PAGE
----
All in all I have spent nine years in Universities which equates to almost a quarter of my life. Six of those years I was a student picking up a couple of degrees and three as a postdoctoral researcher. So University life is no stranger to me. It was a melting pot of freedom, money, and real independence for the first time. Not the independence of borrowing a parent’s car but the independence of real decision making about everything from getting out of bed to what to drink in the bar, who to speak to and what lectures to go to. Combine this with the one time in life where hangovers are infrequent and bearable even after late nights and the fact that the metabolism runs so hot that over eating is seemingly nearly impossible and what you end with is a student able to function whilst breaking all of the rules of normalcy. It is a fabulous time, from the day when you are left all alone in an unfamiliar room with no acquaintances anywhere nearby, right up to the day when you put on a funny gown and pick up the piece of paper it was all really about. It is fabulous but not easy and certainly not a walk in the park. The freedom and choices and independence allows for chaotic outcomes and many times through those few short years is it necessary to look up and check that you are on the right heading.
The reason for the lengthy introduction is to highlight that the Ebook I review today has caused me to relive my own experiences at University and as such has been a powerful story as well as a truly engaging one.
About the author: “Crispus Knight is a writer from Brooklyn, NY. His previous accomplishments include the creation of a semi-religious doctrine called, “The Book of Plum”. When his aspirations of becoming a cult leader seemed unlikely, Mr. Knight shifted his attention to writing novels. His first book, “Three For Ship”, chronicles the rise and fall of Balls–his misanthropic alter ego born in the fraternity basements of Dartmouth College.”
From the dust cover: “In the darkened, fetid basements of Dartmouth College’s fraternities and sororities, the sacred ritual of Beer Pong has been practiced with a curious passion by generations of inebriated ivy-league students. A culture of binge-drinking, debauched parties, drunken feats-of-strength, and booting and rallying has arisen around Pong and is embraced by much of the campus as inextricably tied to the grossly misrepresented, abstract ideal of the Dartmouth man or woman. Like countless others before and after, I surrendered myself entirely to this lifestyle in pursuit of some obscured larger goal, improbably becoming in the process a basement-dwelling legend, christened “Balls” by the Chi-Gamma Epsilon brotherhood.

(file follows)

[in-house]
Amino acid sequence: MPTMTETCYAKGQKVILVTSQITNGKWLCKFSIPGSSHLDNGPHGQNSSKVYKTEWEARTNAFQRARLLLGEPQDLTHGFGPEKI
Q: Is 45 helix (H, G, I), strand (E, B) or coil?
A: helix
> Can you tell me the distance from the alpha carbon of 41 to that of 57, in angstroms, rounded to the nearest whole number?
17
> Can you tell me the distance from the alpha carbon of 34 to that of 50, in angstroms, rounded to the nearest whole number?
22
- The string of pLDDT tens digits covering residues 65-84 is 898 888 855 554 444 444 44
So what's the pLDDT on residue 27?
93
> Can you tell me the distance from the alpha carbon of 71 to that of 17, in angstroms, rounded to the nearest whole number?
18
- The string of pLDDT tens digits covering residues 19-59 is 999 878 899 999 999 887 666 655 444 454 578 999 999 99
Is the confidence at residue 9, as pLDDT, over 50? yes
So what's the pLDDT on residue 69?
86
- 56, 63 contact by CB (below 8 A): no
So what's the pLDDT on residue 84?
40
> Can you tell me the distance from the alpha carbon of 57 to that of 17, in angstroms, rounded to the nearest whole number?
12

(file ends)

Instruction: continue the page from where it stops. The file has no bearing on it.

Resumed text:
Three for Ship: A Swan Song to Dartmouth Beer Pong tells the uncensored story of Balls’ transgressions, his obsession with Ship, and the nightly battles I waged against this usurper on the Pong tables of the notorious Chi-Gam basement. In this hardcore, niche drinking game, I had finally found my passion on campus and now defined myself above all as a consummate Ship Professional, while simultaneously rejecting the larger world around me as I disappeared into a fog of blackouts, vomiting incidents, hangovers and skipped classes. Ship, by its very nature, had incited a terrible rampage of self-destructive tendencies and unapologetic nihilism that crashed violently into what had until that point been a promising young academic career.”
My Ebook review: Being from the wrong side of the pond and having no idea about the game of Pong or the Greek system I am far from on home territory reading this book. Even though there is even a part of me that wants to say “tutt, tutt!” to the various nonsense described in this work, but I cannot because that would be silly given that the book is so much more than that.
This is a story of choices, some are actively taken and some are passively imposed upon oneself over years of re-enacting the same events night after night.
What I cannot get away from, though, is how true to life this is even of the University of my own youth many years ago and a continent away. One of the major challenges of University really does seem to be the personal journey to arrive at a point where something matters enough to work for it and the problem is that not all of those journeys go straight towards career friendly or even constructive outcomes. But this would be a four star review if the book was supposed to be a cautionary tale. It is not, or at least not only. It is a visually written, intelligently composed and compelling reading.
Sure, it is vulgar, nasty and debauched in places but there is nothing in here that the average student cannot relate to. In fact there is a noteworthy lack of `antisocial’ content and the whole book handles people with dignity somehow. All of this combined makes this a book that cannot be put down, it really is that well written.
Did I like it: absolutely, this is a thought provoking book in so many ways.